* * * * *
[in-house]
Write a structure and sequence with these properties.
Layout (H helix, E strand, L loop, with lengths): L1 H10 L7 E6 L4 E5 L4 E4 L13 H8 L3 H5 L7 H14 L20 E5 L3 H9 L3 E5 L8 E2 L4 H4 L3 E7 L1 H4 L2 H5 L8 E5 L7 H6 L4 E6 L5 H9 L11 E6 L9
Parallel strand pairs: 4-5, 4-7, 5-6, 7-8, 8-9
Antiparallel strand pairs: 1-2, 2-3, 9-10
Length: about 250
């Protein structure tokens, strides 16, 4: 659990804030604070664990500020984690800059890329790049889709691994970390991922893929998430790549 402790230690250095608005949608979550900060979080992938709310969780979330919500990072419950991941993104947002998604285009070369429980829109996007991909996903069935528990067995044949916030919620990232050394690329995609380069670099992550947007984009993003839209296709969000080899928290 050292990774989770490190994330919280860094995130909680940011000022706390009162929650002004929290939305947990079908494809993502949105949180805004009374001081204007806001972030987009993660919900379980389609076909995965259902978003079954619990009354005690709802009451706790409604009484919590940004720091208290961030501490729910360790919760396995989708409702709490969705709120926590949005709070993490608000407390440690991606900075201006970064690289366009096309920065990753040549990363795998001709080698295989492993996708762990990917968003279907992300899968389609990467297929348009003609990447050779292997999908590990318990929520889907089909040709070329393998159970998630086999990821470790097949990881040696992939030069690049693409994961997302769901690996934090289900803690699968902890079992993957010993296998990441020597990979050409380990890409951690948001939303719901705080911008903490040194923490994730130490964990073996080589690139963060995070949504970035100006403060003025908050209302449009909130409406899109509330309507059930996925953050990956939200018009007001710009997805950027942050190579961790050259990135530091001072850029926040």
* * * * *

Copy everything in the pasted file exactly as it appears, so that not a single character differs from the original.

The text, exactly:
[in-house]
Write a structure and sequence with these properties.
Layout (H helix, E strand, L loop, with lengths): L1 H10 L7 E6 L4 E5 L4 E4 L13 H8 L3 H5 L7 H14 L20 E5 L3 H9 L3 E5 L8 E2 L4 H4 L3 E7 L1 H4 L2 H5 L8 E5 L7 H6 L4 E6 L5 H9 L11 E6 L9
Parallel strand pairs: 4-5, 4-7, 5-6, 7-8, 8-9
Antiparallel strand pairs: 1-2, 2-3, 9-10
Length: about 250
């Protein structure tokens, strides 16, 4: 659990804030604070664990500020984690800059890329790049889709691994970390991922893929998430790549 402790230690250095608005949608979550900060979080992938709310969780979330919500990072419950991941993104947002998604285009070369429980829109996007991909996903069935528990067995044949916030919620990232050394690329995609380069670099992550947007984009993003839209296709969000080899928290 050292990774989770490190994330919280860094995130909680940011000022706390009162929650002004929290939305947990079908494809993502949105949180805004009374001081204007806001972030987009993660919900379980389609076909995965259902978003079954619990009354005690709802009451706790409604009484919590940004720091208290961030501490729910360790919760396995989708409702709490969705709120926590949005709070993490608000407390440690991606900075201006970064690289366009096309920065990753040549990363795998001709080698295989492993996708762990990917968003279907992300899968389609990467297929348009003609990447050779292997999908590990318990929520889907089909040709070329393998159970998630086999990821470790097949990881040696992939030069690049693409994961997302769901690996934090289900803690699968902890079992993957010993296998990441020597990979050409380990890409951690948001939303719901705080911008903490040194923490994730130490964990073996080589690139963060995070949504970035100006403060003025908050209302449009909130409406899109509330309507059930996925953050990956939200018009007001710009997805950027942050190579961790050259990135530091001072850029926040």